- YouTube TV announced its monthly subscription fee has increased to $65.00, $30 more than its debut price in 2017.
- The price hike came after the Google-owned platform outlined potentially lucrative ad initiatives.
- This highlights a trend of streaming subscriptions growing on par with traditional TV packages, even as subscribers desert the latter for “skinny streaming bundles”.
Last month, YouTube’s ninth annual NewFronts presentation virtually addressed its traditional audience of digital advertising buyers today via its new format, “Brandcast Delivered”. Since then, the platform has raised its YouTube TV prices despite acknowledging the coronavirus pandemic’s effect on consumer subscriptions.
The subscription increased from $40 per month to $65, on par with a cheap cable option (depending on the provider). On debuting in 2017, the monthly fee was $35. YouTube blamed the increases on new additions like PBS and Discovery Network brands including Food Network to its lineup.
Although cash-strapped subscribers can pause or cancel their payments, YouTube clearly considers price hikes a reliable business tactic even now. At the same time, sports livestreaming service ESPN+ was reported to be raising monthly fees from $4.99 to $5.99. Both packages rely on streaming live sports to attract consumers, which the pandemic has ultimately put a stop to.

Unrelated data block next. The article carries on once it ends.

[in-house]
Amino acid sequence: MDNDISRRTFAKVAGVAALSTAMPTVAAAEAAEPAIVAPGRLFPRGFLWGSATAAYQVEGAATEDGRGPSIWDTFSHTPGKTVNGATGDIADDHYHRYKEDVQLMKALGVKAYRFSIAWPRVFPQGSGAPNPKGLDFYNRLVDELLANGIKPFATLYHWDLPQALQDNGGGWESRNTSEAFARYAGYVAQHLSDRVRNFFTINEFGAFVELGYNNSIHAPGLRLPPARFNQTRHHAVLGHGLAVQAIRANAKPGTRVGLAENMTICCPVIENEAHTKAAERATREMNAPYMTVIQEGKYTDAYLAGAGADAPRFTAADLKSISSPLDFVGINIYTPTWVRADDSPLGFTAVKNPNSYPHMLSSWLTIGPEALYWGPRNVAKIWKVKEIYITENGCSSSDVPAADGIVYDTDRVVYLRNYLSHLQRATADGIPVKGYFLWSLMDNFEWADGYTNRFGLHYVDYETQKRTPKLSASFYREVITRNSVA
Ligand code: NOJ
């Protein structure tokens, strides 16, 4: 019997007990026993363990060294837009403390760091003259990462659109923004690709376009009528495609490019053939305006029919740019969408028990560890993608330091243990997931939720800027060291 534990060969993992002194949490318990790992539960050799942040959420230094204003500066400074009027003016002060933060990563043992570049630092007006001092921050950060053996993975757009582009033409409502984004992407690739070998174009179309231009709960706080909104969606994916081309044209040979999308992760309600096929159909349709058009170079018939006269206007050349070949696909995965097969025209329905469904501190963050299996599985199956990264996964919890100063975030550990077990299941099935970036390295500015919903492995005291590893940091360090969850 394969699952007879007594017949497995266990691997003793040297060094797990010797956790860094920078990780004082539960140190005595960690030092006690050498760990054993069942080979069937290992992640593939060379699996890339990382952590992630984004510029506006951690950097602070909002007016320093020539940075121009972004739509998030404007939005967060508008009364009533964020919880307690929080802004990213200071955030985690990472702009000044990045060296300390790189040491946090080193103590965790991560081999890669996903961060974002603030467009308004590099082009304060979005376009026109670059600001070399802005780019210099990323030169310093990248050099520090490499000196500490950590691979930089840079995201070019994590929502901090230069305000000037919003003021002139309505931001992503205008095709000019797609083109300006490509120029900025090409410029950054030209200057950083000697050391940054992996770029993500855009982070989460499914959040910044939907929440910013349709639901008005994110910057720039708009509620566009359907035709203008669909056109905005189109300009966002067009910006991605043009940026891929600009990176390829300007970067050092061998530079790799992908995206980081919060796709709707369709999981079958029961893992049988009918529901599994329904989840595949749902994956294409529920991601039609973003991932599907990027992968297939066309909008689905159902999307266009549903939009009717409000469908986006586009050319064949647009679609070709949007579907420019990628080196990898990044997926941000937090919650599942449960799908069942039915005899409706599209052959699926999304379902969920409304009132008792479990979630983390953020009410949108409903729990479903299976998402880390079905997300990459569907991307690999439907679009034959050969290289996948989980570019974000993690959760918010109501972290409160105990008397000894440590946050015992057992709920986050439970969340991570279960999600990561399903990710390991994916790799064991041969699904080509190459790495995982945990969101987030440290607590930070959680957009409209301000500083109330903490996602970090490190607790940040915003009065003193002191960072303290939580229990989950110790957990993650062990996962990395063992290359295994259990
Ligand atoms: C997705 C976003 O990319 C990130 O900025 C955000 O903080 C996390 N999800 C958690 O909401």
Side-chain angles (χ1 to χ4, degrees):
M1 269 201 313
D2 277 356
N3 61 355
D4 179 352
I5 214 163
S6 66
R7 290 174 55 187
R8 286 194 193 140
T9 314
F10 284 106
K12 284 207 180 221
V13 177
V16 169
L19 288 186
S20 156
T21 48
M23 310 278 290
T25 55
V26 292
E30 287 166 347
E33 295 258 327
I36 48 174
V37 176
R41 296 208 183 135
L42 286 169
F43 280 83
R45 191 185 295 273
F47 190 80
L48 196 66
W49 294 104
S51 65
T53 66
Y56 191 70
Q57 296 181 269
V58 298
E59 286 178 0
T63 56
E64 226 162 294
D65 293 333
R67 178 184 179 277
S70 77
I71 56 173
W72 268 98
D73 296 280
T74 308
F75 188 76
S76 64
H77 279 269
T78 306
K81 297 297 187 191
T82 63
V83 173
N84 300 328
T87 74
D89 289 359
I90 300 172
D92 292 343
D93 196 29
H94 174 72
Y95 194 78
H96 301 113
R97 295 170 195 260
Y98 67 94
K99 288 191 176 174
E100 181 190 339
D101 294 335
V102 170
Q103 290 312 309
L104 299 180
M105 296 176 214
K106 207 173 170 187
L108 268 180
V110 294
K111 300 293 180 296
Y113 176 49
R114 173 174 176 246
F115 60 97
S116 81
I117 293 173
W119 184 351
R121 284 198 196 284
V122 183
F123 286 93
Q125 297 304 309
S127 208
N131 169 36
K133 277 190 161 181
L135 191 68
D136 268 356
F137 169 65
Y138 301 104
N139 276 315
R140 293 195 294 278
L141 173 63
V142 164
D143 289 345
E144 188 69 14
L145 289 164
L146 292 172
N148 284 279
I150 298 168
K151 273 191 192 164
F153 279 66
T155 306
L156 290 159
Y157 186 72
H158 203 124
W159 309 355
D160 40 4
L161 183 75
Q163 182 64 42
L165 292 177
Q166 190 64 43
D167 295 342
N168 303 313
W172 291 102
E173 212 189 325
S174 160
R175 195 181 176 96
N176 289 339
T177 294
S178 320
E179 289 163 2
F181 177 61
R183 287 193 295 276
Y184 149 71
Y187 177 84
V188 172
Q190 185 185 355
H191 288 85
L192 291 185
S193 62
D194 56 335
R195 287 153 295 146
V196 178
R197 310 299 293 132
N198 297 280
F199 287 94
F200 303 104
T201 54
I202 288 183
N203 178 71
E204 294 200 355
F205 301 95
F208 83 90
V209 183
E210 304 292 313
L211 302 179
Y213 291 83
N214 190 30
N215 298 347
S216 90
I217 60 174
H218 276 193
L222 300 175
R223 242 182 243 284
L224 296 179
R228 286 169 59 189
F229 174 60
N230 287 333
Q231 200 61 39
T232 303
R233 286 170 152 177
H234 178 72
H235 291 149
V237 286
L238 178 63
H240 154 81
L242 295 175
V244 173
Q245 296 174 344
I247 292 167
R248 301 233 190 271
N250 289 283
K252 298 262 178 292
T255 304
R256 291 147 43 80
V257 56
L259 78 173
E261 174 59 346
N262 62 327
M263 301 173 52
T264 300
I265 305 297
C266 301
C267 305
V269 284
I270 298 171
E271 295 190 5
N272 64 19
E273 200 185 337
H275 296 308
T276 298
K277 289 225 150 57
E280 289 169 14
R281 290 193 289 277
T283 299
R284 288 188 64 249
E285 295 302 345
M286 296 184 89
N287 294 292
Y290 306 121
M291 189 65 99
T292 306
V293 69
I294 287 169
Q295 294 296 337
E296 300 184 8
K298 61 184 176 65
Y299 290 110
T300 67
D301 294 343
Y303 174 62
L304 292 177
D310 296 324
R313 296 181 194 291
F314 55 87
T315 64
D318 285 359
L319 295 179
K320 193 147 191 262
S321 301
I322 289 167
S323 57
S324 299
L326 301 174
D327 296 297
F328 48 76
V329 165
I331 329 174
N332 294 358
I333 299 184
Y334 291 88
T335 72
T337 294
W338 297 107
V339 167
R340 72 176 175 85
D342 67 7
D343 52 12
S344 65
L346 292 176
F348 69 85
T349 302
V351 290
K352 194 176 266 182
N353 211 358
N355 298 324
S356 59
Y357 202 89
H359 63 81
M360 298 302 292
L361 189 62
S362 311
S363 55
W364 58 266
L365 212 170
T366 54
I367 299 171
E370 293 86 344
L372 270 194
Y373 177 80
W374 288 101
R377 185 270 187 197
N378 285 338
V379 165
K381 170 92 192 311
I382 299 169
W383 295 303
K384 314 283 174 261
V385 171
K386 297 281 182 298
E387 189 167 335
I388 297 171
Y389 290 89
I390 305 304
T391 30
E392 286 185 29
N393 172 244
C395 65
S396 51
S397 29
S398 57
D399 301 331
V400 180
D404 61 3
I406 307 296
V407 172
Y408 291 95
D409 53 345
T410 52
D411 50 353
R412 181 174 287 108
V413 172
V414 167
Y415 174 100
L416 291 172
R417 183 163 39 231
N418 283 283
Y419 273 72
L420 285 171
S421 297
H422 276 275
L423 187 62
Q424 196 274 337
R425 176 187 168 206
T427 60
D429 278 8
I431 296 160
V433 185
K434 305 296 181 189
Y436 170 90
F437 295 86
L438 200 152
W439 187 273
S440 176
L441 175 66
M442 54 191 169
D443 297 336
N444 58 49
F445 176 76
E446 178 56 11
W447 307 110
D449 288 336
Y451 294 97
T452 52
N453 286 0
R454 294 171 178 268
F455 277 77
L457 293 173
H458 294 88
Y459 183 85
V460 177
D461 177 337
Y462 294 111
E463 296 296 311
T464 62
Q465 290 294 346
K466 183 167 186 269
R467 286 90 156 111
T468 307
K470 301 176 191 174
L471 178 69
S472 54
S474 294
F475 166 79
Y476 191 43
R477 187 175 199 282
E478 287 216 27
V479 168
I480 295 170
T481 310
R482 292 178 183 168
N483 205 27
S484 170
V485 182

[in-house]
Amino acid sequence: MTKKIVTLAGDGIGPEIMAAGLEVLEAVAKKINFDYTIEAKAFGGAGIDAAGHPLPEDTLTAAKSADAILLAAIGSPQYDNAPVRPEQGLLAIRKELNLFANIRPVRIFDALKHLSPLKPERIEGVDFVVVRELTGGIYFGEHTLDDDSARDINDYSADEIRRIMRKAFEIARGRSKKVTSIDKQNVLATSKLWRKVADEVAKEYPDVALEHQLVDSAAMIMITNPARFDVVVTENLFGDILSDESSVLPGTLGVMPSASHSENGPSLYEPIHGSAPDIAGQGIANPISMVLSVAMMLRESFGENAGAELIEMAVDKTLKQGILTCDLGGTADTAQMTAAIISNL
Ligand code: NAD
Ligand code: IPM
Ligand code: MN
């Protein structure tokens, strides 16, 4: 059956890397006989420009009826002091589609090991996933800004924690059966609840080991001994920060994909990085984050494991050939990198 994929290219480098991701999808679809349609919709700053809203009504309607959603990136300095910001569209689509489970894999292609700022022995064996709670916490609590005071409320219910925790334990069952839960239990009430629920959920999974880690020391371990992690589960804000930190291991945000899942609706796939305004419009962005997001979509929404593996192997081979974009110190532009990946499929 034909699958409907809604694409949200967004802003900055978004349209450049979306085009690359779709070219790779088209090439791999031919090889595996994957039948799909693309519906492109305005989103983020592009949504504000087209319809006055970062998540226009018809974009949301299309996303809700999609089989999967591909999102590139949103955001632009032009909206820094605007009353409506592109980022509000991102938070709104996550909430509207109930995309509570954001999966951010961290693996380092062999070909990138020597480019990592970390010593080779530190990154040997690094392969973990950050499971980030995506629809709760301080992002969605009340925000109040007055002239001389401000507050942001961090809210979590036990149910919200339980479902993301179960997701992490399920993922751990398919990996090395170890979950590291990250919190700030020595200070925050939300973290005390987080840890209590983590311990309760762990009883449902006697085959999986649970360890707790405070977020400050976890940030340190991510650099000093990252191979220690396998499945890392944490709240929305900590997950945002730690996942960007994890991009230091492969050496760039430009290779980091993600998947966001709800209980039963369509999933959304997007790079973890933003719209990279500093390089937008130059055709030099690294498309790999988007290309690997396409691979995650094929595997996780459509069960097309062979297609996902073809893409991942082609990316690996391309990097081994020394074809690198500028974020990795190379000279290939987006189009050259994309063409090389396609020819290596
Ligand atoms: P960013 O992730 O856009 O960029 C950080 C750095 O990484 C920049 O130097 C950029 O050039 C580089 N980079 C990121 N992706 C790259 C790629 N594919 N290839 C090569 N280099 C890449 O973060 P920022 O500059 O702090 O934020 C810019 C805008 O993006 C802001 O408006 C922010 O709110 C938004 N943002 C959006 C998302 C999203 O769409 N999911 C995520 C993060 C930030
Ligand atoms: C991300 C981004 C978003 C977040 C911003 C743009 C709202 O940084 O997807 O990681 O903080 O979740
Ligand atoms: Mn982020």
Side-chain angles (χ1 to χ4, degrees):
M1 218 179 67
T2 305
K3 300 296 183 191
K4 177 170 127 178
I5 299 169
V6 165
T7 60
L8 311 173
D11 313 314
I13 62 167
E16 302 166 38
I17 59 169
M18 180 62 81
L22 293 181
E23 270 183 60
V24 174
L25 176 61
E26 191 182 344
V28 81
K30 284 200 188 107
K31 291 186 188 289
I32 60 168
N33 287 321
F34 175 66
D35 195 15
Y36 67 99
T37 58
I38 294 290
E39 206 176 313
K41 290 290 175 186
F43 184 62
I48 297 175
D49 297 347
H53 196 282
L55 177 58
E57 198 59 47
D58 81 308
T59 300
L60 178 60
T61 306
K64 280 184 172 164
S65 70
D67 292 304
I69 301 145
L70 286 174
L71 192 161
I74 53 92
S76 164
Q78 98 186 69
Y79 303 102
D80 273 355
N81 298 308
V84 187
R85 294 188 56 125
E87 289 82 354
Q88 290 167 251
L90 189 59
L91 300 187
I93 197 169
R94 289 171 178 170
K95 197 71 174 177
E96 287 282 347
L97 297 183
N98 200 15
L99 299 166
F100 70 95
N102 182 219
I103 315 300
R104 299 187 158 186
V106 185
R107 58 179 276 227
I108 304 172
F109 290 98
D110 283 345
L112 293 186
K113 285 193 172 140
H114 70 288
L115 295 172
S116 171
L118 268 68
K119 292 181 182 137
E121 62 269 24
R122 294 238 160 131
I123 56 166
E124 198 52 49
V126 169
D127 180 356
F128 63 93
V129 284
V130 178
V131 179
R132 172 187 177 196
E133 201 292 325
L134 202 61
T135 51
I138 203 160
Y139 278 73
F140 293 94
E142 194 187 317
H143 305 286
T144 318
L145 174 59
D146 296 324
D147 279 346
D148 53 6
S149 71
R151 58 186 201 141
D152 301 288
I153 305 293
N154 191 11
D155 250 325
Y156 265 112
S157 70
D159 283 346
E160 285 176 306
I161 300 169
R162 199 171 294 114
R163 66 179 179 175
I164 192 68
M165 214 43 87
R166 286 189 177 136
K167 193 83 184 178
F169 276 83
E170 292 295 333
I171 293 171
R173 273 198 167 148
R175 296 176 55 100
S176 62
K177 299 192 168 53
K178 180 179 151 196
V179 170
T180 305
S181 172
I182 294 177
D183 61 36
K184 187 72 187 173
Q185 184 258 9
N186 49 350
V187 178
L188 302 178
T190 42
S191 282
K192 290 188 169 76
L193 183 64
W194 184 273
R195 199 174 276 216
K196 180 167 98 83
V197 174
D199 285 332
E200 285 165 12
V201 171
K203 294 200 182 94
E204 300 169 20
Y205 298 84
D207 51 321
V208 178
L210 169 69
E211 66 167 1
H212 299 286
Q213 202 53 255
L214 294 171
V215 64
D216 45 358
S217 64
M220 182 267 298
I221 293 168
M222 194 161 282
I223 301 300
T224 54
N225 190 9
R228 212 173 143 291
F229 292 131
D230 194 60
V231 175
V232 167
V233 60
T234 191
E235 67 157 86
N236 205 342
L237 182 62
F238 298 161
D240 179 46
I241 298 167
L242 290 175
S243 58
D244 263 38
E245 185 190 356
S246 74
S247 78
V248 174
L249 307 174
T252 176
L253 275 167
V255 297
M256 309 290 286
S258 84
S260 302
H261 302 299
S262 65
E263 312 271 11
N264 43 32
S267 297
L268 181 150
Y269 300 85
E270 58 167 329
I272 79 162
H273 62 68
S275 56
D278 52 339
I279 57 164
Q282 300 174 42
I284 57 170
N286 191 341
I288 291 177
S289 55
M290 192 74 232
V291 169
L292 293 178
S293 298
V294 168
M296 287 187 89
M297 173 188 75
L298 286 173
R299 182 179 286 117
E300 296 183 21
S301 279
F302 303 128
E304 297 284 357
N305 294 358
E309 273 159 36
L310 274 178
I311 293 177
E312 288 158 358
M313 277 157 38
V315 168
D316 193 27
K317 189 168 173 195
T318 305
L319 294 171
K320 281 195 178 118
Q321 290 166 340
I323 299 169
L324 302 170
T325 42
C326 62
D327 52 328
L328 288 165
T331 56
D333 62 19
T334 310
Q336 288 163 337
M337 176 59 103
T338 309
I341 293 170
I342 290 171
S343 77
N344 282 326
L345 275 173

By the numbers
YouTube TV numbers 2 million paid subscribers and is currently diversifying its original content amid impressive company results. In the past year, YouTube overall delivered almost 1 billion conversions, driven primarily by video ads.
Additionally, YouTube log-ins recently numbered over 2 billion monthly users, and an estimated 100 million+ monthly viewers watched its videos on TV sets in March. An ad rating study by Nielsen found that YouTube’s target audience reach was incremental to that of television. In comparison, the U.S.’s largest cable provider, Comcast, has over 20 million cable subscribers.
Recent data shows the top pay-TV providers (Comcast, Charter, Dish and AT&T) lost 5.4 percent of subscribers in 2019 compared to 1.7 percent in 2018, partly due to increased streaming options. Overall, paid TV bundles declined by almost 5 million in 2019. Now Q1 2020 video subscription declines are estimated at 2.1 million.
What it comes down to is this: streaming services and cheaper bundles are also moving incrementally like their television counterparts. In time, it could be tougher to distinguish streaming’s monetary value from cable even as the former seeks to overtake the latter.